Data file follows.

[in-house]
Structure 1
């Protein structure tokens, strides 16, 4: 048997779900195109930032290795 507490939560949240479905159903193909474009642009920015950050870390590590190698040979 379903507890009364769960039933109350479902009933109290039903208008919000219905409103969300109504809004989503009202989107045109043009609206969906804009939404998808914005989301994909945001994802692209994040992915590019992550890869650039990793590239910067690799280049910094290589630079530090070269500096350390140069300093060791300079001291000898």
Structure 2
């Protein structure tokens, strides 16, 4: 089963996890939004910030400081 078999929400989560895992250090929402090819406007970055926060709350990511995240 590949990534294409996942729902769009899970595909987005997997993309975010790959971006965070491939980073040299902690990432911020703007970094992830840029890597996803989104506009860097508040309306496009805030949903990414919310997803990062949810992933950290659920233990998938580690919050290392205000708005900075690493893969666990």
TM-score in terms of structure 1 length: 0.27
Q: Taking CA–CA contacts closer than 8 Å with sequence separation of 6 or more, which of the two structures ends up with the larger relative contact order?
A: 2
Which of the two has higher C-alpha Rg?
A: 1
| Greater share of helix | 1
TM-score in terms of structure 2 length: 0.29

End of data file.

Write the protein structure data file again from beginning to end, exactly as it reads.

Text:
[in-house]
Structure 1
């Protein structure tokens, strides 16, 4: 048997779900195109930032290795 507490939560949240479905159903193909474009642009920015950050870390590590190698040979 379903507890009364769960039933109350479902009933109290039903208008919000219905409103969300109504809004989503009202989107045109043009609206969906804009939404998808914005989301994909945001994802692209994040992915590019992550890869650039990793590239910067690799280049910094290589630079530090070269500096350390140069300093060791300079001291000898």
Structure 2
């Protein structure tokens, strides 16, 4: 089963996890939004910030400081 078999929400989560895992250090929402090819406007970055926060709350990511995240 590949990534294409996942729902769009899970595909987005997997993309975010790959971006965070491939980073040299902690990432911020703007970094992830840029890597996803989104506009860097508040309306496009805030949903990414919310997803990062949810992933950290659920233990998938580690919050290392205000708005900075690493893969666990």
TM-score in terms of structure 1 length: 0.27
Q: Taking CA–CA contacts closer than 8 Å with sequence separation of 6 or more, which of the two structures ends up with the larger relative contact order?
A: 2
Which of the two has higher C-alpha Rg?
A: 1
| Greater share of helix | 1
TM-score in terms of structure 2 length: 0.29